More than one-third of our naval force was being reviewed by the President. A most impressive assembly of men-o'-war it was, in tonnage and weight of metal the greatest ever floated by the waters of the western hemisphere.
The last of the fleet had arrived on the night before. From the bluffs along the shore they might have been seen approaching with a mysterious play of lights across the shadowy waters. In the morning they were all there. Hardly a type was lacking—the last 16,000-ton double-turreted battleship, the protected and heavy-armored cruisers, monitors, despatch-boats, gun-boats, destroyers, attendant transport, and supply ships. Fifty ships, 1,200 guns, 16,000 men: all were there, even to the fascinating little submarines with their round black backs just showing above the water.
It was that chromatic sort of a morning when the canvas of the sailing-boats stands out startlingly white against the drizzly sky and the smoke from the stacks of the steamers takes on an accented coal-black, and, drooping, trails low in a murky wake. Rather a dull setting at this early hour; but not sufficiently dull to check the vivacity of the actors in the scene.
The President comes up the side of the Mayflower and, arrived at the head of the gangway, stands rigid as any stanchion to attention while his colors are shot to the truck and the scarlet-coated band plays the national hymn. Then, ascending to the bridge, he takes station by the starboard rail with the Secretary of the Navy at his shoulder. The clouds roll away, the sun comes out, and all is as it should be while he prepares to review the fleet, which thereafter responds aboundingly to every burst of his own inexhaustible enthusiasm.
And this fleet, which is lying to anchor in three lines of four miles or so each in length, with a respectful margin of clear water all about, is, viewed merely as a marine pageant, magnificent; as a display of potential fighting power, most convincing. No man might look on it and his sensibilities—admiration, patriotism, respect, whatever they might be—remain unstirred. To witness it is to pass in mental review the great fleets of other days and inevitably to draw conclusions. Beside this armament the ill-destined Armada, Von Tromp's stubborn squadrons, Nelson's walls of oak, or Farragut's steam and sail would dissolve like the glucose squadrons that boys buy at Christmas time. Even Dewey's workman-like batteries (this to mark the onward rush of naval science) would be rated obsolete beside the latest of these!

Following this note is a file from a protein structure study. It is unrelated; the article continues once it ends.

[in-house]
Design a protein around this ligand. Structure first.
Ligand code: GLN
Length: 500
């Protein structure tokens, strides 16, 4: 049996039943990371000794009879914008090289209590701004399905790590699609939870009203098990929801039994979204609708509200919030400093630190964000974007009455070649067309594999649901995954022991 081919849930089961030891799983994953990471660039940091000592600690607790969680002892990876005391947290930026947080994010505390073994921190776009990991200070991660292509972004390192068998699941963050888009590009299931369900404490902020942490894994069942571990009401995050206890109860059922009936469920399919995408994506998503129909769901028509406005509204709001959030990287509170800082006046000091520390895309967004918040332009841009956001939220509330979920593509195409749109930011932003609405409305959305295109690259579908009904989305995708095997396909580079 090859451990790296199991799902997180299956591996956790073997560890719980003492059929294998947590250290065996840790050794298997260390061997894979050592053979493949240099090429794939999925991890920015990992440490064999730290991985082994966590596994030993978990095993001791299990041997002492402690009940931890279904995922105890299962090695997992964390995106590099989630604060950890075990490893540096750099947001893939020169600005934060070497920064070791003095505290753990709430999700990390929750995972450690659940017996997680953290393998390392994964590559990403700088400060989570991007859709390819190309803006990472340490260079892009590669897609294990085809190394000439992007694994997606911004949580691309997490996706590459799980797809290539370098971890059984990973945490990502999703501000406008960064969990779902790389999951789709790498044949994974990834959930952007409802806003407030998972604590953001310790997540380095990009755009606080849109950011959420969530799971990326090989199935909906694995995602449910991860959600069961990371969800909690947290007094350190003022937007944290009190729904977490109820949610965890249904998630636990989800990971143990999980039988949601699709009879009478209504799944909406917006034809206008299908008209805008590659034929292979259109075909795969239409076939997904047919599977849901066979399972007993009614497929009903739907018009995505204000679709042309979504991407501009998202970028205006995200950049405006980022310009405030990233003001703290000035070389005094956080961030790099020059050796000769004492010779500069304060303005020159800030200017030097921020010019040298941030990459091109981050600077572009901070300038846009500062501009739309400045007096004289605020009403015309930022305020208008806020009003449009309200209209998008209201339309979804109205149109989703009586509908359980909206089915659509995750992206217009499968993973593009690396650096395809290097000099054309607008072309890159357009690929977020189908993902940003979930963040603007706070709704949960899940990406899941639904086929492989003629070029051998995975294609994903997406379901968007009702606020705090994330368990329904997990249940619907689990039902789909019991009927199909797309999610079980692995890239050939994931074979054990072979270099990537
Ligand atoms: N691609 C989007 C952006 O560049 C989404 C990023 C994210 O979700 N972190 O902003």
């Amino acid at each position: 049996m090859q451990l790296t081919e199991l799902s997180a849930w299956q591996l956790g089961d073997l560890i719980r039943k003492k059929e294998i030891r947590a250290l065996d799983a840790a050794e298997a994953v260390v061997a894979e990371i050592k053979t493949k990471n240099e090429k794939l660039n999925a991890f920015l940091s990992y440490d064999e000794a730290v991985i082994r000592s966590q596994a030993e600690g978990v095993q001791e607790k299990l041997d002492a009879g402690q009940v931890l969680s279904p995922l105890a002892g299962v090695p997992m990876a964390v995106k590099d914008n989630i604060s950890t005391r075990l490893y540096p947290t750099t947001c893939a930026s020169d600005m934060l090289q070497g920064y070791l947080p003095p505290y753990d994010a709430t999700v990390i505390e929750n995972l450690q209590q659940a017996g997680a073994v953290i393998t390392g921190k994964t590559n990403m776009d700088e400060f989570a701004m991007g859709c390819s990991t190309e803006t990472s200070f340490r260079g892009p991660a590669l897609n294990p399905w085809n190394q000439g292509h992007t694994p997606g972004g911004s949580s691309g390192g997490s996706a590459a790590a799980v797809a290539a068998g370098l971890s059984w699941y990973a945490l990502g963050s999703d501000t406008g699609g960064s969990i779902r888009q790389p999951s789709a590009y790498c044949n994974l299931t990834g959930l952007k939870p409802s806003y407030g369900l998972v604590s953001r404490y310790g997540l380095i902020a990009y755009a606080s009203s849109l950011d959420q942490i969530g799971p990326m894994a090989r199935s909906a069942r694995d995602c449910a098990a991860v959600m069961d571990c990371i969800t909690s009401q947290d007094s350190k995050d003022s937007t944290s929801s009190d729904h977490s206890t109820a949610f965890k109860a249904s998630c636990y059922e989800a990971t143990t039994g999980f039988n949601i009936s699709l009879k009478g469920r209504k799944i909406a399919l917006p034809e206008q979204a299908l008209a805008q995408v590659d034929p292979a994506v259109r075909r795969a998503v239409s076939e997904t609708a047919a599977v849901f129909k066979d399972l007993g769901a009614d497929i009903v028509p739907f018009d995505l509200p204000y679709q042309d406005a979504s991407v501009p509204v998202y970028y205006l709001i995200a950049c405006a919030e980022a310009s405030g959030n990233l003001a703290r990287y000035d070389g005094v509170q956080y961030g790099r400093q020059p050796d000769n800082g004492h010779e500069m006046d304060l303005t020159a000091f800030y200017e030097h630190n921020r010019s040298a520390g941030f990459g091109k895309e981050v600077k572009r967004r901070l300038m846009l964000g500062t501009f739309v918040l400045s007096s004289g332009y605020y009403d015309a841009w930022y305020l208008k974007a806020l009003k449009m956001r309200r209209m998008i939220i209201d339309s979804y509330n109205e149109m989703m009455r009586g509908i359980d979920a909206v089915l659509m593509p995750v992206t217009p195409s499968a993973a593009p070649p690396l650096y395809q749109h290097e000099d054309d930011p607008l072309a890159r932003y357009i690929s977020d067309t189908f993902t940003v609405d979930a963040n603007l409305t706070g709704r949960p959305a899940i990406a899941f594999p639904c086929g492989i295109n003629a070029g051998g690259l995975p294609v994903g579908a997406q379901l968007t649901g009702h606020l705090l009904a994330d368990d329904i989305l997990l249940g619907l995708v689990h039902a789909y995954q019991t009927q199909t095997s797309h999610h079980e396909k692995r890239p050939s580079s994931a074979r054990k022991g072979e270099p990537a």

It was first those impressive battleships; and bearing down on them one better saw what terrible war-engines they are. Big guns pointing forward, big guns pointing astern, long-reaching guns abeam, and little business-looking machine-guns in the tops—their mere appearance suggests their ponderous might. A single broadside from any of these, properly placed, and there would be an end to the most renowned flag-ships of wooden-fleet days. And that this frightful power need never wait on wind or tide, nor be hindered in execution by any weather much short of a hurricane, is assured when we note that to-day, while the largest of the excursion steamers are heaving to the whitecaps, these are lying as immovable almost as sea-walls.
It is, first, the flag-ship which thunders out her greeting—one, two, three—twenty-one smoke-wreathed guns—while her sailormen, arm to shoulder, mark in unwavering blue the lines of deck and superstructure....